Republican state officials continue to spread the Big Lie. The latest is Comptroller Susan Combs, who told a BryanCollege Station forum yesterday that the Legislature didn’t reduce funding for public education last year but increased it by $2 billion. If she thinks her nose looks a little longer this morning, it may have more to do with fabrication than imagination.
The only way to realistically measure whether the Legislature cut or increased education funding is on a perstudent basis, and on that measure, the legislative majority slashed spending by $538 per child for this school year alone and by an additional amount for 201213. This is based on a projected increase in school enrollment of about 170,000 during this school year and 201213, the two years covered by the budget adopted by lawmakers last spring. Calculated statewide, that is a $4 billion reduction in funding obligations to school districts. Add another $1.4 billion in cuts to public school grants, and the total reductions are $5.4 billion.
Texas spent $9,446 in state and local funds for each student in average daily attendance during the 201011 school year. Following the cuts in state aid, that was reduced to $8,908 – a $538 cut per child – during the current school year, according to the National Education Association’s crunching of state data. This is why TSTA is demanding that Gov. Perry call the Legislature into special session to spend $2.5 billion of the Rainy Day Fund to avoid the cuts scheduled for 201213.
Combs’ BryanCollege Station appearance was one of 45 “town hall” meetings she is leading across the state. If taxpayers picked up the tab – and we probably did – we are getting ripped off. Combs is using the appearances mainly to build up her name identification and strengthen her conservative credentials in advance of a likely race for the Republican nomination for lieutenant governor in 2014.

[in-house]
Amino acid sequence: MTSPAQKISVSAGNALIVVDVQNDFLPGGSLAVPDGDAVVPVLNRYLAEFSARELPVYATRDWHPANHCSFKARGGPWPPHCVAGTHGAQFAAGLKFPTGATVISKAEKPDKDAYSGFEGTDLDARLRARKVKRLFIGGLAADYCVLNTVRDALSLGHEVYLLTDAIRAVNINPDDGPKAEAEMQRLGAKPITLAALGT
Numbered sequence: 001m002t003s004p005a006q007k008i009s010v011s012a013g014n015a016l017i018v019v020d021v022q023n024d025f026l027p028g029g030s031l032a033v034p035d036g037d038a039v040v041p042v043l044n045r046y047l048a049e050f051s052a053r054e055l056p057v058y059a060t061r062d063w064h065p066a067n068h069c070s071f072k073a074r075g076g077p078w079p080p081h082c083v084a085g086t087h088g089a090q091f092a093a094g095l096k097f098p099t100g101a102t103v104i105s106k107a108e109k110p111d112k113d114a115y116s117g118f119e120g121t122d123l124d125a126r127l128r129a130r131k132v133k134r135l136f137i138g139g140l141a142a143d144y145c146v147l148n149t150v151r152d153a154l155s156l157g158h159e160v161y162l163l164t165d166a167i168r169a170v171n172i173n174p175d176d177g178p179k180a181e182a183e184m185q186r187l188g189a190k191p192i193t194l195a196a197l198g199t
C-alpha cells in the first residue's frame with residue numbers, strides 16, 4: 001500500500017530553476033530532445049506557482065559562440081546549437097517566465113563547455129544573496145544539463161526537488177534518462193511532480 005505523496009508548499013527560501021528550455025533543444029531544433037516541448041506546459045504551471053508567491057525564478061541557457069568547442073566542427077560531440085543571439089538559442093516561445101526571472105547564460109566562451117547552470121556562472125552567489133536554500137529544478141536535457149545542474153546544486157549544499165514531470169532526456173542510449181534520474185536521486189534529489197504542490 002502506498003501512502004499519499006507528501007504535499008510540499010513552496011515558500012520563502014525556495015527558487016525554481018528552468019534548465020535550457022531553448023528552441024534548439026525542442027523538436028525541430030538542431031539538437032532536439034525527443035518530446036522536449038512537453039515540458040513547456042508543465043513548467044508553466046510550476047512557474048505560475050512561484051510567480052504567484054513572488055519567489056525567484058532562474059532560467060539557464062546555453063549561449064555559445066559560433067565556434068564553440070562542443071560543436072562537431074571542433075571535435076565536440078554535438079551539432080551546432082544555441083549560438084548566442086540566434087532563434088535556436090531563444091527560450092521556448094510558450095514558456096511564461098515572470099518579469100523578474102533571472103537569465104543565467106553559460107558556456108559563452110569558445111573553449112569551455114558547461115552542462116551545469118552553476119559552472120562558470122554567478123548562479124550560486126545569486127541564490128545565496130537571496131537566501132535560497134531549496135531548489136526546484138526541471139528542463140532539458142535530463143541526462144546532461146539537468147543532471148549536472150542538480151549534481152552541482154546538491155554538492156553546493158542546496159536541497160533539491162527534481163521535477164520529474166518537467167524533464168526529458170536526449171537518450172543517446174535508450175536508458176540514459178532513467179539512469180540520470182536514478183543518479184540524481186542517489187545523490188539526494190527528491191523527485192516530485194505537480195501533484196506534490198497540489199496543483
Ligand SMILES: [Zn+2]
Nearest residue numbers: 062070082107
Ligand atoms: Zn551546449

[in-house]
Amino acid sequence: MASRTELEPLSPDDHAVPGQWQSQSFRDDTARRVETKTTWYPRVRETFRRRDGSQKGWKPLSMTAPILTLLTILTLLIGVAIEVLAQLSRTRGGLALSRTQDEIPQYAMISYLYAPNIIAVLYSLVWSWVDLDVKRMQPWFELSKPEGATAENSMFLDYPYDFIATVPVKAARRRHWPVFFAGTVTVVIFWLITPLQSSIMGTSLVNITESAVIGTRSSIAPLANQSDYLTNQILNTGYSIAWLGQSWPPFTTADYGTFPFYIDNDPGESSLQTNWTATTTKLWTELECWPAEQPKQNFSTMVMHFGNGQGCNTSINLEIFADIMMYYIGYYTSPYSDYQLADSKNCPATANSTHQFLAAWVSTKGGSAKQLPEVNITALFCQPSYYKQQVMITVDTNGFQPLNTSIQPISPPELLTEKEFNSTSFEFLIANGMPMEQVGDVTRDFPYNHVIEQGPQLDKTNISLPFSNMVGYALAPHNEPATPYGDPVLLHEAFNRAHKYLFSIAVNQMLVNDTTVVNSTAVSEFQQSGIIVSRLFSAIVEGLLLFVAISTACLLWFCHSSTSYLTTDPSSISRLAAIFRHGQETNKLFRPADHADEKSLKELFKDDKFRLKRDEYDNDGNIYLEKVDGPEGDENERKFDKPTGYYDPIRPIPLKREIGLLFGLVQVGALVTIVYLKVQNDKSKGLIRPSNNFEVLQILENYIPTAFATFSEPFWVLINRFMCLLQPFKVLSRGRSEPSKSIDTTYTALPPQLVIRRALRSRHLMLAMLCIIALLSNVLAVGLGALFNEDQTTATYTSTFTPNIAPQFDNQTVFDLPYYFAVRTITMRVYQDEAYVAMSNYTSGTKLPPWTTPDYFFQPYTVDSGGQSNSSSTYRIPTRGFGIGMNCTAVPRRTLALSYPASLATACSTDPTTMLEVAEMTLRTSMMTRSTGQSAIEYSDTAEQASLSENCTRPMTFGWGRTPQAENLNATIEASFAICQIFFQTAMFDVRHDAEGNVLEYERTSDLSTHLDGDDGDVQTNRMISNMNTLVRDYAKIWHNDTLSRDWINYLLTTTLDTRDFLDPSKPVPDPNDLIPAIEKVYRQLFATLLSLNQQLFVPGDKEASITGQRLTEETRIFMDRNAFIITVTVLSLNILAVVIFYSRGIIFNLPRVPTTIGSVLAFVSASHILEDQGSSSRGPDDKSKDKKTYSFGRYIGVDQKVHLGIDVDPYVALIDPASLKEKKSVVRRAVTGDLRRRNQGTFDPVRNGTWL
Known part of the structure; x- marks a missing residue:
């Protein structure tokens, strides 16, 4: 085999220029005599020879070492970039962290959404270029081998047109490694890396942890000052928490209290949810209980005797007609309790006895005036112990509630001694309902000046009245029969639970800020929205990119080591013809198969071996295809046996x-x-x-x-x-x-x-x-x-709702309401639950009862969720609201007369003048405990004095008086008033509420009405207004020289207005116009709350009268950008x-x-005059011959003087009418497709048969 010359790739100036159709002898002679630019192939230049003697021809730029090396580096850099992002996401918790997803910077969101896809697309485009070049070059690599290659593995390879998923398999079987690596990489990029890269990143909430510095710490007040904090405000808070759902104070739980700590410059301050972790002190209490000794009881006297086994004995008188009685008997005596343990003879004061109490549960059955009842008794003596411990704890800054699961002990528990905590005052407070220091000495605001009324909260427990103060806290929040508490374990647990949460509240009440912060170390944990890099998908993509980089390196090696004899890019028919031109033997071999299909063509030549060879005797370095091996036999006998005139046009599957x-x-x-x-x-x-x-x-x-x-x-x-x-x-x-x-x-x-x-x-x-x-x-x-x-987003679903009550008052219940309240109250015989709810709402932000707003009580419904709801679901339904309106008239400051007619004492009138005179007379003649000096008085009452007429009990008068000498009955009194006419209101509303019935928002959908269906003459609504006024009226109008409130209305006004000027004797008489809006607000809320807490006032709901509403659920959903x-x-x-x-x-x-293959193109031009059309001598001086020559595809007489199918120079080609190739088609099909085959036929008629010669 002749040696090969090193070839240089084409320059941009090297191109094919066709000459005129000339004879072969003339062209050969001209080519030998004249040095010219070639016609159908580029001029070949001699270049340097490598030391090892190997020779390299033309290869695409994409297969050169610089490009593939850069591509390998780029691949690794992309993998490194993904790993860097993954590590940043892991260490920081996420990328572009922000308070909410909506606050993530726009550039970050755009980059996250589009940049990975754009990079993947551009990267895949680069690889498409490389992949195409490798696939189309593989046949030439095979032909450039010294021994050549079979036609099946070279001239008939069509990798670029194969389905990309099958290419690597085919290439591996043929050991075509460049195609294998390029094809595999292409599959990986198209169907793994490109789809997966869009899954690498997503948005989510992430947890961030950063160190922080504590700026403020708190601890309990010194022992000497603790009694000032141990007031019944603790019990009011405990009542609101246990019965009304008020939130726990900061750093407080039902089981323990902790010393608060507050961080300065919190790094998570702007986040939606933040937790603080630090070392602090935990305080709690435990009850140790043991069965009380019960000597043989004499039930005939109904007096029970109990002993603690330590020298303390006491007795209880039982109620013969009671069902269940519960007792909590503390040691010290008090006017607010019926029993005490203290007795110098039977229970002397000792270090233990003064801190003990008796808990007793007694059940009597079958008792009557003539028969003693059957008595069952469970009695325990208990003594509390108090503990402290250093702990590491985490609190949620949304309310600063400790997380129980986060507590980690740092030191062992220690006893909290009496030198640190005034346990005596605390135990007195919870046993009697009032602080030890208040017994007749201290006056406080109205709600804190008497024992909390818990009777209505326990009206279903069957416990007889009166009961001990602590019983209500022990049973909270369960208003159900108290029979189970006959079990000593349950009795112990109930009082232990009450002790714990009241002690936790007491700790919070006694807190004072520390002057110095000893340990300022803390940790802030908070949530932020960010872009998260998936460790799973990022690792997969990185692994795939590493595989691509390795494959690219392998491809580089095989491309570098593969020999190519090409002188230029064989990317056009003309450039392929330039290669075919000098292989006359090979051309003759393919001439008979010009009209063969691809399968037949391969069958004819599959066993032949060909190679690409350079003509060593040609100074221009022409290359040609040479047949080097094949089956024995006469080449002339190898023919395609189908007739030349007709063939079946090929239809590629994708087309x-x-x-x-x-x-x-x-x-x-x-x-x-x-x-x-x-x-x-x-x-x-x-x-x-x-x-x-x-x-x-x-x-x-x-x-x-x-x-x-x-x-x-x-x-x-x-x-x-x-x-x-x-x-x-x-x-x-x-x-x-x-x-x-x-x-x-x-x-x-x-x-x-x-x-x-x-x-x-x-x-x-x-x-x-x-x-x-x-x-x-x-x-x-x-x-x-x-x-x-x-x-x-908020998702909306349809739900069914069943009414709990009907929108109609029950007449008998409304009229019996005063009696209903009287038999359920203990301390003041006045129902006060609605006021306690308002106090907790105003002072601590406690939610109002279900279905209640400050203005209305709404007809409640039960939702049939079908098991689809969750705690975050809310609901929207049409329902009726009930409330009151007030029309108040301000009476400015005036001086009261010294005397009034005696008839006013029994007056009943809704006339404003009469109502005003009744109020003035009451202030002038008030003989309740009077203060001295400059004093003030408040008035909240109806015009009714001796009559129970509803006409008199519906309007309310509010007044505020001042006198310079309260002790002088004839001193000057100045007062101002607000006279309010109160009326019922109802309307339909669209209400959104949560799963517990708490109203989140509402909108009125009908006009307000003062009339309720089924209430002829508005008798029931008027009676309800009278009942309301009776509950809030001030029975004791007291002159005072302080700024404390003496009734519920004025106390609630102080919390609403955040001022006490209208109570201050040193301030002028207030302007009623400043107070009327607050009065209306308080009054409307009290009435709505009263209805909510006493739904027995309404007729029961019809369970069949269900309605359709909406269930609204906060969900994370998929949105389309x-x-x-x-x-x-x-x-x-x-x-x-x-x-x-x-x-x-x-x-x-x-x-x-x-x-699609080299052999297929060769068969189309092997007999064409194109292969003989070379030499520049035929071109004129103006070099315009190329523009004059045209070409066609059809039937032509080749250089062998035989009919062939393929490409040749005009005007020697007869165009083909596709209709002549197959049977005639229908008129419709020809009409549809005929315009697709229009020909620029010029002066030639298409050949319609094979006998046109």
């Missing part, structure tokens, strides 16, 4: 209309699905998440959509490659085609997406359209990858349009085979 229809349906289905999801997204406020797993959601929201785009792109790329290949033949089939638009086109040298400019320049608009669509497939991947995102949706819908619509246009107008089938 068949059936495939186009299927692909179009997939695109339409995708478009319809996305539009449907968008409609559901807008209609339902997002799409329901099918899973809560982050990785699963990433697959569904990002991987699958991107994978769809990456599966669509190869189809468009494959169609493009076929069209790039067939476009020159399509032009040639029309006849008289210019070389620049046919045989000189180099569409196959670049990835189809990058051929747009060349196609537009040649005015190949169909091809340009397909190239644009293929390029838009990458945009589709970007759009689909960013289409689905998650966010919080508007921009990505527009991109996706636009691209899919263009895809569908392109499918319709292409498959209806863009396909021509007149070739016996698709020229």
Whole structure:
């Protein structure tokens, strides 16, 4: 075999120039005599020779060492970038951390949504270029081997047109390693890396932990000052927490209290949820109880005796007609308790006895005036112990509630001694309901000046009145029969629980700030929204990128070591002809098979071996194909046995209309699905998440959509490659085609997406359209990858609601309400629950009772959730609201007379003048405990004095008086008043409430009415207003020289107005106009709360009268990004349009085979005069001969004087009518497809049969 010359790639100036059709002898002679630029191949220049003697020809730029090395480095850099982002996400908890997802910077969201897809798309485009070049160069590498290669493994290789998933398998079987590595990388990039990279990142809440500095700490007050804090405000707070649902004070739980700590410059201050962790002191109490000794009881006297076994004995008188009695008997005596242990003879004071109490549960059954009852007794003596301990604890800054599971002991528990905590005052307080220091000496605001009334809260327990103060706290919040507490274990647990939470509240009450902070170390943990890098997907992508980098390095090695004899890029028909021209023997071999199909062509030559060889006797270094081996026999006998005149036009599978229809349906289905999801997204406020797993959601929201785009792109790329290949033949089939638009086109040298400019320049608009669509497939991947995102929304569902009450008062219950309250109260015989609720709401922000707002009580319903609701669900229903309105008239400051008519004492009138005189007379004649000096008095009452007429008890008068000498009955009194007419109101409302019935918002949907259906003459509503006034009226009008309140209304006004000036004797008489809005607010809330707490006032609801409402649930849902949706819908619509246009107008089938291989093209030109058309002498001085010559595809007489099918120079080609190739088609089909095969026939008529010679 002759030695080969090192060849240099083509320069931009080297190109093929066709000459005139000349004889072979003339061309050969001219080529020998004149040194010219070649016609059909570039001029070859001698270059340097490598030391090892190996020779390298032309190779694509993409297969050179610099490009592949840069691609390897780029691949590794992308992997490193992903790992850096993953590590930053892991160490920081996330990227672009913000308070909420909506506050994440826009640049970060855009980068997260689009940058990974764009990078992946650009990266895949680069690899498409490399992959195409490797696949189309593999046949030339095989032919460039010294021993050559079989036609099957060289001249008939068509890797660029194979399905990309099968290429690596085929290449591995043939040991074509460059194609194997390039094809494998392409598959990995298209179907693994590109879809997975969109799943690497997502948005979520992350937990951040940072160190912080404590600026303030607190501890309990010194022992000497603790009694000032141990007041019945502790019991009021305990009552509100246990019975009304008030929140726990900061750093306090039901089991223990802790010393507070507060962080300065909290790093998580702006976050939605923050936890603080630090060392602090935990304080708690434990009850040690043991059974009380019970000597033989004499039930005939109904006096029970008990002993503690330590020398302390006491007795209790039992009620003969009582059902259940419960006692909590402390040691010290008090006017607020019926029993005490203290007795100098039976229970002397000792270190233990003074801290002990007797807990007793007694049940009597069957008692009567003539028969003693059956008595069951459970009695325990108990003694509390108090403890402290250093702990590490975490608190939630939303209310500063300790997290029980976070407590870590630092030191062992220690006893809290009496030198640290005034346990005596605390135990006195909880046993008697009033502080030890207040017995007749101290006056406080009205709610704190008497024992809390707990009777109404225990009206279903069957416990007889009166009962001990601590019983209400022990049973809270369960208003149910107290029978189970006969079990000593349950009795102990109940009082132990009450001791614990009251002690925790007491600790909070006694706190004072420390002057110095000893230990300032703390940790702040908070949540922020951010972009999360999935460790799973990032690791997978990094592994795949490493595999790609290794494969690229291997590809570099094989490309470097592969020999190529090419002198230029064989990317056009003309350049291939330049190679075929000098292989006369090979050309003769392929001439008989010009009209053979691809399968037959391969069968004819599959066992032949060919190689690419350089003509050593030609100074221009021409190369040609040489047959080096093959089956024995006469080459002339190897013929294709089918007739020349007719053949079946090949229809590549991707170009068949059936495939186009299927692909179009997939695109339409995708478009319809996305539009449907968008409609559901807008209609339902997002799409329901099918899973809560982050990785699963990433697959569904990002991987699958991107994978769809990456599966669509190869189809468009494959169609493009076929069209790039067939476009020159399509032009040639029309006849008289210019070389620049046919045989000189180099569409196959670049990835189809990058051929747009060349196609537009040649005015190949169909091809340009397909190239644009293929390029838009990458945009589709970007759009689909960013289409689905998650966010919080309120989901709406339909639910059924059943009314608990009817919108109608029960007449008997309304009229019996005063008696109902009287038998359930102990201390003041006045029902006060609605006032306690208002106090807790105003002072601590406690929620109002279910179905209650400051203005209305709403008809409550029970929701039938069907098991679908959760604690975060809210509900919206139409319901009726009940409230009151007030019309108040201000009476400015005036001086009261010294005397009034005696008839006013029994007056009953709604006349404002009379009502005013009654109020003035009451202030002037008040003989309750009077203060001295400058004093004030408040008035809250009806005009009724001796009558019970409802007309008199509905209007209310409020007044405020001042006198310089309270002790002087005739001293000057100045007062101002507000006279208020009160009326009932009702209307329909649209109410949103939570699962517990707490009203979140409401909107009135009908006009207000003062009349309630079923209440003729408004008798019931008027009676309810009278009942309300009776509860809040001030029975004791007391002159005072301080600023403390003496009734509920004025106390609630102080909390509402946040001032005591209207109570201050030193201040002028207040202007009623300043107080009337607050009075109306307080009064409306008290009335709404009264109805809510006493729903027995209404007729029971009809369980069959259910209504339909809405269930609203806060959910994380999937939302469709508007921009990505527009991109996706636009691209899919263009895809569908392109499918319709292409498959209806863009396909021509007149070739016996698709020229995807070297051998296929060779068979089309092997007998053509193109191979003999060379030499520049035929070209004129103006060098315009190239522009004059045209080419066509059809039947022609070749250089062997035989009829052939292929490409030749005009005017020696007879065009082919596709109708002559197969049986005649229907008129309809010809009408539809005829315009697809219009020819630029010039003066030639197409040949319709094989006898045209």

So, of course, she used the appearance to bash the federal government over Medicaid expansion, claiming increased spending on the health care program will result in even more reductions in spending on public education. Noticeably missing was any suggestion that the state wouldn’t have to choose between health care and education if state “leaders” had the courage and foresight to replace our outdated tax structure with an adequate and fair system that will grow with the economy.
“The important thing about Texas is we’ve been an important, powerful, successful state because we take risks,” Combs said.
The only risk state government is taking now is with our children and Texas’ future. A state doesn’t become – or remain – important, powerful or successful by slashing funding for the public schools.